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1984

George Orwell

Appendix: The Principles of Newspeak

Book Three: Chapters IV–VI

Important Quotations Explained

The Appendix of 1984 stands as Orwell’s explanation of New-speak, the official language of Oceania. Although Orwell felt that these ideas were too technical to completely integrate into the novel, they support the novel’s stance on language and thought in relation to the public’s acceptance of governmental control.

Newspeak is the official language of Oceania, scheduled for official adoption around 2050, and designed to make the ideological premises of Ingsoc (Newspeak for English Socialism, the Party’s official political alignment) the only expressible doctrine. Newspeak is engineered to remove even the possibility of rebellious thoughts—the words by which such thoughts might be articulated have been eliminated from the language. Newspeak contains no negative terms. For example, the only way to express the meaning of “bad” is through the word “ungood.” Something extremely bad is called “doubleplus ungood.”

Newspeak’s grammar is arranged so that any word can serve as any part of speech, and there are three different groups of vocabulary words. The A vocabulary contains everyday words and phrases, as Orwell says, “for such things as eating, drinking, working” and so on. In comparison with modern English, these words are fewer in number but more rigid in meaning. Newspeak leaves no room for nuance, or for degrees of meaning. The B vocabulary of Newspeak contains all words with political or ideological significance, specially tailored to engender blind acceptance of the Party’s doctrines. For example, “goodthink” means roughly the same thing as “orthodoxy.” The B vocabulary consists entirely of compound words and often compresses words into smaller forms to achieve conceptual simplicity: the English phrase “Thought Police,” for instance, is compressed into “thinkpol”; “the Ministry of Love” becomes “miniluv.” The C vocabulary encompasses words that relate specifically to science and to technical fields and disciplines. It is designed to ensure that technical knowledge remains segmented among many fields, so that no one individual can gain access to too much knowledge. In fact, there is no word for “science”; as Orwell writes, “Ingsoc” covers any meaning that such a concept could possibly have.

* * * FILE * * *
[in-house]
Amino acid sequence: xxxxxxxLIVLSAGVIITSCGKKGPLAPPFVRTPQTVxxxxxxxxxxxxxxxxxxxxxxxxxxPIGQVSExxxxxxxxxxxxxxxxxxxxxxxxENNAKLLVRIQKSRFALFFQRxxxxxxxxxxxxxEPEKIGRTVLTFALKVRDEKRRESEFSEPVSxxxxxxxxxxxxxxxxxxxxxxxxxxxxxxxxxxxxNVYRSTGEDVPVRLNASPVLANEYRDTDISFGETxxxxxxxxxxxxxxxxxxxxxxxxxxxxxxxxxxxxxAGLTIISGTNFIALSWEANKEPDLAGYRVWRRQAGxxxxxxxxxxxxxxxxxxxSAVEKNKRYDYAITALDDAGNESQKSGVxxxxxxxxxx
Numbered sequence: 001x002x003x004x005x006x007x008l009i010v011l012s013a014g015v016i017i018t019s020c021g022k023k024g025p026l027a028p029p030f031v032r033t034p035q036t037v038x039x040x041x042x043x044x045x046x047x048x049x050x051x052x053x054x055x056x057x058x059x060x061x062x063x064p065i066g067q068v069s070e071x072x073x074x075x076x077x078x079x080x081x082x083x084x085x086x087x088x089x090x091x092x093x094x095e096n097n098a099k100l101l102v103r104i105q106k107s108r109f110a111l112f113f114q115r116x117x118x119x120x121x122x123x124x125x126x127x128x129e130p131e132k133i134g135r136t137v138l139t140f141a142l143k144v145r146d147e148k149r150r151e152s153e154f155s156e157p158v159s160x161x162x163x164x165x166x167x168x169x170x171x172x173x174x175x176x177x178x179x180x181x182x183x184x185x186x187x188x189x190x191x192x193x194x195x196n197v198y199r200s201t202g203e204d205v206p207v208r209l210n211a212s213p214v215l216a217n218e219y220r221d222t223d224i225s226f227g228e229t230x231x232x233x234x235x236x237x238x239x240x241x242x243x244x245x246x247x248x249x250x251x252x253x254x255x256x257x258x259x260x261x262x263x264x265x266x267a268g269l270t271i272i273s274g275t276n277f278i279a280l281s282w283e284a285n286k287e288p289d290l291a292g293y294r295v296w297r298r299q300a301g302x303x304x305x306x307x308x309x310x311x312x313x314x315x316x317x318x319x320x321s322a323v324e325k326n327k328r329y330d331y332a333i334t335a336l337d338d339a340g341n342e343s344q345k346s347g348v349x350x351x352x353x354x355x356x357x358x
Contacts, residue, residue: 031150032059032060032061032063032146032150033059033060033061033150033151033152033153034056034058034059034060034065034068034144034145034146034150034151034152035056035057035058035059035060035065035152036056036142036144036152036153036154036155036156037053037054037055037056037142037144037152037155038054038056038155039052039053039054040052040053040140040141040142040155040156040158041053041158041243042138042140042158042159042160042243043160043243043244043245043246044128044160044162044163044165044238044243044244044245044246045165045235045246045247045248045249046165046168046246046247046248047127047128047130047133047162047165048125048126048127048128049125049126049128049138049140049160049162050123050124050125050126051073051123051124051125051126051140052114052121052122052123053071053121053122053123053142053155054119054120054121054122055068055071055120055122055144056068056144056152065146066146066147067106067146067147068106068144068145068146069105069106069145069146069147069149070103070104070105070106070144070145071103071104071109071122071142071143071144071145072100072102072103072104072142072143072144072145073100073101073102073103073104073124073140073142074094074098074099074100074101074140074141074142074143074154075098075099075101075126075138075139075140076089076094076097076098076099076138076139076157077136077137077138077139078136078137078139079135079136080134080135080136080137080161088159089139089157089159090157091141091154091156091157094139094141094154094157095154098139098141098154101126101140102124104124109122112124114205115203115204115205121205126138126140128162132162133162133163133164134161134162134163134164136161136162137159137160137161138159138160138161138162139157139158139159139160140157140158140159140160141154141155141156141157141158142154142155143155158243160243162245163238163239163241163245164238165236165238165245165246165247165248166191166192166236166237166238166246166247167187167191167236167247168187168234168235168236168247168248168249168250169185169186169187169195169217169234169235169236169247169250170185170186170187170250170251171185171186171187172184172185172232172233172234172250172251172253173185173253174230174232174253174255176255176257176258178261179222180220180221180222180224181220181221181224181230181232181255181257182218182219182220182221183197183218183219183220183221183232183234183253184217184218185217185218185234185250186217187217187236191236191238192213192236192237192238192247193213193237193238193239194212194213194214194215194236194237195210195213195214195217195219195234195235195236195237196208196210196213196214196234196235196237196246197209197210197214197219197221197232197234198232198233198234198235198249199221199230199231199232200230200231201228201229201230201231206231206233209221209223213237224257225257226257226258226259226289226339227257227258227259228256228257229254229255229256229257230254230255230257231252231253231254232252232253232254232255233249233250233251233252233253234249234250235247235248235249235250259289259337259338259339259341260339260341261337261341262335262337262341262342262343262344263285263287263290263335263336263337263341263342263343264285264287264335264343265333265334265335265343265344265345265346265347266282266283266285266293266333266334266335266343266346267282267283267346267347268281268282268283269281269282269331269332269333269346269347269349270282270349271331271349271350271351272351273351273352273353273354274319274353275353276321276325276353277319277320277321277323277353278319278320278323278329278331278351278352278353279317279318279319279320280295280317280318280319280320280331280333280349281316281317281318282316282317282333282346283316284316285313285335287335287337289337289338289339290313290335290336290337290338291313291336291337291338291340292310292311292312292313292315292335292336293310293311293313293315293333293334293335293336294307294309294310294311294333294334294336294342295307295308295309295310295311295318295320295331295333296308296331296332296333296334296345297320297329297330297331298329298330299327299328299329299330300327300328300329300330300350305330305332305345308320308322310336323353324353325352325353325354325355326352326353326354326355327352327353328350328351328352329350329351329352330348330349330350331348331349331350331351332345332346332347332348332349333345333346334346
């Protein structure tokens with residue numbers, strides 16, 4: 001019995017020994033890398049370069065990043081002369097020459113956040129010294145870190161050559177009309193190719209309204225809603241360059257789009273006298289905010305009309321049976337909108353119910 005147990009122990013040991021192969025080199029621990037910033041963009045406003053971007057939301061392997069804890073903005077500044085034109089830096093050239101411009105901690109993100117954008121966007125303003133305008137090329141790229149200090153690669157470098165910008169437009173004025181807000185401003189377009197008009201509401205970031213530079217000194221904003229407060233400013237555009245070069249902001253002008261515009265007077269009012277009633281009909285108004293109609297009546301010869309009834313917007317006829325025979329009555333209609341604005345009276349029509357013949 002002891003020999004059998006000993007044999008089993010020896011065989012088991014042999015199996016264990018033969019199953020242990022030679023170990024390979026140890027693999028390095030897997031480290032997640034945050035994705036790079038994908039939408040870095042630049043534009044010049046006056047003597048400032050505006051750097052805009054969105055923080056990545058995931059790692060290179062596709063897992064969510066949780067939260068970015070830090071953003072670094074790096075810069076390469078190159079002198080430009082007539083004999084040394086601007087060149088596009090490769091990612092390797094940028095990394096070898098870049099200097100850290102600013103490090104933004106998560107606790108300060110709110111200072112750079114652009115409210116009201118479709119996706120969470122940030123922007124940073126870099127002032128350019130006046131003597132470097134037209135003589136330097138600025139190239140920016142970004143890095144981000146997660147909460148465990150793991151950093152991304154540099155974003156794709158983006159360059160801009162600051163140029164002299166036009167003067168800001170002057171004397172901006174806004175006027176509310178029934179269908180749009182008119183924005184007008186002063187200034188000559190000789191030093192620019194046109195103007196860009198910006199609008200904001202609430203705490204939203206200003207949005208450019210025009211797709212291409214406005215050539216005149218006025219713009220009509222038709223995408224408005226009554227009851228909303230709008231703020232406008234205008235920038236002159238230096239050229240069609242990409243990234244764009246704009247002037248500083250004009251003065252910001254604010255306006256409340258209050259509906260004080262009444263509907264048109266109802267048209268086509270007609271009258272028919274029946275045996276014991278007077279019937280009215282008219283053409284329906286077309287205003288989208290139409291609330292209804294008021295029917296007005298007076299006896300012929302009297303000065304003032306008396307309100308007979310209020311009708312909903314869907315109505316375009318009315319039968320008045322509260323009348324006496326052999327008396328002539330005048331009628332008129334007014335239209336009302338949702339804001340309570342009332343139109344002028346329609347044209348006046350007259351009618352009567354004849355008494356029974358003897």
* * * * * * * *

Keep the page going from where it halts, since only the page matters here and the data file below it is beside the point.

The particularities of Newspeak make it impossible to translate most older English (oldspeak) texts into the language; the introduction of the Declaration of Independence, for instance, can be translated only into a single word: crimethink. Furthermore, a great many technical manuals must be translated into Newspeak; it is this bulk of translation work that explains the Party’s decision to postpone the full adoption of Newspeak to 2050.

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Gosh

by Tildinator, November 27, 2012

This is my favourite thing ever

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20 out of 49 people found this helpful

This book yo..

by MissMaddieMahone, January 25, 2013

This book is so disturbing..all Winston does when he's with Juile is naughty stuff. Its terrible. I hate this book.

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78 out of 692 people found this helpful

This book is amazing

by LukeLay, January 28, 2013

Not really; Hamlet died at the end.

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16 out of 55 people found this helpful

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